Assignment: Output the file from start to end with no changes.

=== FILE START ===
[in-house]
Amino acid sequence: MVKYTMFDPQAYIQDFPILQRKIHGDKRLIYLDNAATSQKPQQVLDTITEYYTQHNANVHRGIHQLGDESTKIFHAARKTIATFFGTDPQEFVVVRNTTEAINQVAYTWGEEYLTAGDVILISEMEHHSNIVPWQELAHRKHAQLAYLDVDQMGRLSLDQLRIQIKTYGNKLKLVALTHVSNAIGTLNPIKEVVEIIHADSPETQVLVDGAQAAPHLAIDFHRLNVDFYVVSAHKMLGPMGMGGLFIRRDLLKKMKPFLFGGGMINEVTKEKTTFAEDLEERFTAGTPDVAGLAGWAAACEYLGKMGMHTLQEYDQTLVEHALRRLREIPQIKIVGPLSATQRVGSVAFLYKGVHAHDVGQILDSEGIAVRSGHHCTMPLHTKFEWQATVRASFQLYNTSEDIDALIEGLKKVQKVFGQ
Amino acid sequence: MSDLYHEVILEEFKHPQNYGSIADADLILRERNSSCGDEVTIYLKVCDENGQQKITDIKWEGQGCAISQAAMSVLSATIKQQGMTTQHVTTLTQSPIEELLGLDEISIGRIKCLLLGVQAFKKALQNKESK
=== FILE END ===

[in-house]
Amino acid sequence: MVKYTMFDPQAYIQDFPILQRKIHGDKRLIYLDNAATSQKPQQVLDTITEYYTQHNANVHRGIHQLGDESTKIFHAARKTIATFFGTDPQEFVVVRNTTEAINQVAYTWGEEYLTAGDVILISEMEHHSNIVPWQELAHRKHAQLAYLDVDQMGRLSLDQLRIQIKTYGNKLKLVALTHVSNAIGTLNPIKEVVEIIHADSPETQVLVDGAQAAPHLAIDFHRLNVDFYVVSAHKMLGPMGMGGLFIRRDLLKKMKPFLFGGGMINEVTKEKTTFAEDLEERFTAGTPDVAGLAGWAAACEYLGKMGMHTLQEYDQTLVEHALRRLREIPQIKIVGPLSATQRVGSVAFLYKGVHAHDVGQILDSEGIAVRSGHHCTMPLHTKFEWQATVRASFQLYNTSEDIDALIEGLKKVQKVFGQ
Amino acid sequence: MSDLYHEVILEEFKHPQNYGSIADADLILRERNSSCGDEVTIYLKVCDENGQQKITDIKWEGQGCAISQAAMSVLSATIKQQGMTTQHVTTLTQSPIEELLGLDEISIGRIKCLLLGVQAFKKALQNKESK